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Natural Composites

Table of contents:
 Introduction…………………………………………………….………………………………………………….2
 Types of composites…………………………………….…………………………………………………3
o Natural composites
 Natural fibers in composites…………………………………….………………………………….4
o Plant Fibers – cotton
o Animal Fibers – collagen , chitin , keratin
o Mineral Fibers – asbestos
 Pre-treatments…………………………………………………………………………………………………..6
 Processing techniques……………………………………………………………………………………….7
 Concluding remarks..…………………………………………………….……………………………………8
 References………………….………………………………………………..…………………………………….9

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Natural Composites

“Natural Composites”

Introduction to Composite Materials


A composite material can be defined as, “a combination of two or more materials that results in
better properties than those of the individual components used alone.”
In contrast to metallic alloys, each material retains it’s separate chemical, physical, and mechanical
properties. the two constituents are a reinforcement and a matrix. the main advantages of composite materials
are their high strength and stiffness, combined with low density, when compared with bulk materials, allowing
for a weight reduction in the finished part.

Most composites are made of just two materials. One is the matrix or binder. It surrounds and binds
together fibres or fragments of the other material, which is called the reinforcement.

FIBER MATRIX FIBER COMPOSITE MATRIX

Provides strength and stiffness Protects and transfers Creates a material with attributes
(glass, carbon, aramid, basalt, load between fibers (polyester, superior to either component alone
natural fibers) epoxy, vinyl ester, others)

History

The use of composite materials dates from centuries ago, and it all started with natural fibres. In ancient Egypt

some 3 000 years ago, clay was reinforced by straw to build walls. Later on, the natural fibre lost much of its

interest. Other more durable construction materials like metals were introduced. During the sixties, the rise of

composite materials began when glass fibres in combination with tough rigid resins could be produced on large

scale. During the last decade there has been a renewed interest in the natural fibre as a substitute for glass,

motivated by potential advantages of weight saving, lower raw material price, and 'thermal recycling' or the

ecological advantages of using resources which are renewable.

Types of Composites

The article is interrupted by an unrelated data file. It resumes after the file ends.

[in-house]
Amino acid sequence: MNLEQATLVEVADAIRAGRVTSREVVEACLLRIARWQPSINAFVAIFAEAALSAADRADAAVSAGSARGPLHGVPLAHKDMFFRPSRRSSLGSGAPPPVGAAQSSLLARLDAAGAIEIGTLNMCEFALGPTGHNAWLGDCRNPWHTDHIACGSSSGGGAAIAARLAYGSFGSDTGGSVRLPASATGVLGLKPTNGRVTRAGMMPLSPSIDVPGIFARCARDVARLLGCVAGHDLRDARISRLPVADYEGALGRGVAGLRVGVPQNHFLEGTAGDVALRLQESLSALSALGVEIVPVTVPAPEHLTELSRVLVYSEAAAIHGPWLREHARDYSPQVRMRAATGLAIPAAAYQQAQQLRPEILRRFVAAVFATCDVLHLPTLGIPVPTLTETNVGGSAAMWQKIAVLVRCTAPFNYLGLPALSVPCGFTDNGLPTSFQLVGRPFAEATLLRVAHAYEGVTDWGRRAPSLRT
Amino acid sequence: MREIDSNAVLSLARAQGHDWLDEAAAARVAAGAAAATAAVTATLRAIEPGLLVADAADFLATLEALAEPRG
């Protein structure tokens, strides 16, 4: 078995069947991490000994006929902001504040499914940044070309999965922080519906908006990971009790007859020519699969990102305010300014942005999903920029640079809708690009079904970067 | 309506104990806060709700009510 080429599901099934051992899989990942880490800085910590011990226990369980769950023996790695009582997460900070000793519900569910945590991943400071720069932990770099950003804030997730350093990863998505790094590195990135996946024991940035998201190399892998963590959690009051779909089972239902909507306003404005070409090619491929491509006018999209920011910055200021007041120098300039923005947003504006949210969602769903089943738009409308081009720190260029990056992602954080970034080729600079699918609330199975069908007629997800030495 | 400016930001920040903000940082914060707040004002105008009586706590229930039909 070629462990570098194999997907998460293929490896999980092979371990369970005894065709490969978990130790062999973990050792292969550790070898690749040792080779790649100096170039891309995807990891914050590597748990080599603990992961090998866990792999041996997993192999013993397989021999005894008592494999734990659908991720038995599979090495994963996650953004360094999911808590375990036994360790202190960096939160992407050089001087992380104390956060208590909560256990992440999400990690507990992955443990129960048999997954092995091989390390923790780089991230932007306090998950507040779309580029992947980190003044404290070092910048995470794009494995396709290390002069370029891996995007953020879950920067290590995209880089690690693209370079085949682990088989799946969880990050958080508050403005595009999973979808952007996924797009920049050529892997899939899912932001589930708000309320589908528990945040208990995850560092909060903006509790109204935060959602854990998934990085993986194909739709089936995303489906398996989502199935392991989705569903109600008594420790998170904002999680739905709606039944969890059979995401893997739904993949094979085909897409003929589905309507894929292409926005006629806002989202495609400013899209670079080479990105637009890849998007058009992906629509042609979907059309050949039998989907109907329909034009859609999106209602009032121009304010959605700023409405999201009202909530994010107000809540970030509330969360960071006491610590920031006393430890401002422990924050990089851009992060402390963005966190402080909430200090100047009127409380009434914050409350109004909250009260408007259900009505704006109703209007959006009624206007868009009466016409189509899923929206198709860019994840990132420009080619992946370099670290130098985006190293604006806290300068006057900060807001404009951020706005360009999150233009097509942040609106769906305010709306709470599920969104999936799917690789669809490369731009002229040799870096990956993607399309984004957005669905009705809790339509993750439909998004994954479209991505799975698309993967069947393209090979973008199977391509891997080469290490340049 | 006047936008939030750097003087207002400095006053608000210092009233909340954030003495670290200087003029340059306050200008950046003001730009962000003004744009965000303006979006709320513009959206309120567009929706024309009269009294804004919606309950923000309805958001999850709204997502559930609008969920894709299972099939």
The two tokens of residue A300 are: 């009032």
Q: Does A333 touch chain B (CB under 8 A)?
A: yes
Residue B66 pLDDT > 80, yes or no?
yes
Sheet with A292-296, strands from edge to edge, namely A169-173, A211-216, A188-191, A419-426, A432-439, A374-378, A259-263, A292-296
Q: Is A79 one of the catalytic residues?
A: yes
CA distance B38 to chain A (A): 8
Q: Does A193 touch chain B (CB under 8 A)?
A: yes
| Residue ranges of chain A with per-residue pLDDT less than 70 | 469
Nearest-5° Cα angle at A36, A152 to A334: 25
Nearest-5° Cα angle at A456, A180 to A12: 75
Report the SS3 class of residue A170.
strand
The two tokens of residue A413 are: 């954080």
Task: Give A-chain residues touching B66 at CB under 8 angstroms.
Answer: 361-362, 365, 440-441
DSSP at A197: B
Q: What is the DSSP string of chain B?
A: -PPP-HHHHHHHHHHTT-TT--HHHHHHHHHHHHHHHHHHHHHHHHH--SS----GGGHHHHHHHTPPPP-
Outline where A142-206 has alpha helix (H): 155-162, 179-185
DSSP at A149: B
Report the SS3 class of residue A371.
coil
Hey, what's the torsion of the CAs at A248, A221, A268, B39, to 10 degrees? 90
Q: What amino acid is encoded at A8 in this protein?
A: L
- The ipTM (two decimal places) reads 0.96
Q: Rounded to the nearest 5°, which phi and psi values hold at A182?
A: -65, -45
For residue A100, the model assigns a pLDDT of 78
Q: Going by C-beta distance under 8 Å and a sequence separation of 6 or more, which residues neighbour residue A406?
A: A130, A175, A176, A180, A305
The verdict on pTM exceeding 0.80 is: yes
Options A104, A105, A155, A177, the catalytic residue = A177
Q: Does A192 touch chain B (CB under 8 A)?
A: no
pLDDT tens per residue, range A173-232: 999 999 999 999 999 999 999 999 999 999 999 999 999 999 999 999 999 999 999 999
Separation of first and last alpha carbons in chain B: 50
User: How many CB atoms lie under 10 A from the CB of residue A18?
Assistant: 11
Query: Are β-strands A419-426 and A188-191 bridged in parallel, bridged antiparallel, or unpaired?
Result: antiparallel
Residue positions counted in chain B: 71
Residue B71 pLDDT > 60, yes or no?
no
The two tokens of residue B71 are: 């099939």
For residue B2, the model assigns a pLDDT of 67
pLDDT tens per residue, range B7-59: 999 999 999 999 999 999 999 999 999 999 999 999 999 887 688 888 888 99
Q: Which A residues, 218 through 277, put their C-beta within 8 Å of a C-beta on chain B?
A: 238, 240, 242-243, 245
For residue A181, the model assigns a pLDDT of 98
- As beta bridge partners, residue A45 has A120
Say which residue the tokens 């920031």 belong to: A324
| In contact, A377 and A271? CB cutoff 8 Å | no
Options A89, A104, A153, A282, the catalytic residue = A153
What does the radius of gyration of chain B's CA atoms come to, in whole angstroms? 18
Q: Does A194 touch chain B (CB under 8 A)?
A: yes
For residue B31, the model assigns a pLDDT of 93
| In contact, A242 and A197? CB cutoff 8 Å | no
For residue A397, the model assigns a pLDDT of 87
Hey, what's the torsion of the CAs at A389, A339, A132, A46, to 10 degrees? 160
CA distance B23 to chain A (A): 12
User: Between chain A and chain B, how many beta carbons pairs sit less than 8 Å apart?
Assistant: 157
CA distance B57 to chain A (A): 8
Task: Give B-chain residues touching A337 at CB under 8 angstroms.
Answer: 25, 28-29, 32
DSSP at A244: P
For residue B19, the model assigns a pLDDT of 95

Composite materials are usually classified by the type of reinforcement they use. This reinforcement is
embedded into a matrix that holds it together. The reinforcement is used to strengthen the composite. For
example, in a mud brick, the matrix is the mud and the reinforcement is the straw. Common composite types

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include random-fiber or short-fiber reinforcement, continuous-fiber or long-fiber reinforcement, particulate


reinforcement, flake reinforcement, and filler reinforcement.

Natural Composites

Natural composites exist in both animals and plants. Wood is a composite – it is made from long cellulose

fibres (a polymer) held together by a much weaker substance called lignin. Cellulose is also found in cotton,

but without the lignin to bind it together it is much weaker. The two weak substances – lignin and cellulose –

together form a much stronger one.

Examples of Natural Composites \


Composites do occur in nature--e.g., in tree trunks, spider webs, and mollusk shells.

 A tree is a good example of a natural composite, consisting of


cellulose (the fibrous material) and lignin (a natural polymer)
forming the woody cell walls and the cementing (reinforcing)
material between them.
 The bone in our body is also a composite. It is considered to be a composite material consisting of a high
elastic modulus mineral ‘fibres’ embedded in a low elastic modulus organic matrix permeated with pores
filled with liquids.It is made from a hard but brittle material called hydroxyapatite (which is mainly calcium
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phosphate) and a soft and flexible material called collagen (which is a protein). Collagen is also found in
hair and finger nails. On its own it would not be much use in the skeleton but it can combine with
hydroxyapatite to give bone the properties that are needed to support the body.
 Certain types of large rocks can also be regarded as natural composites when they are composed of a
variety of smaller rocks and minerals.

NATURAL FIBRES IN COMPOSITES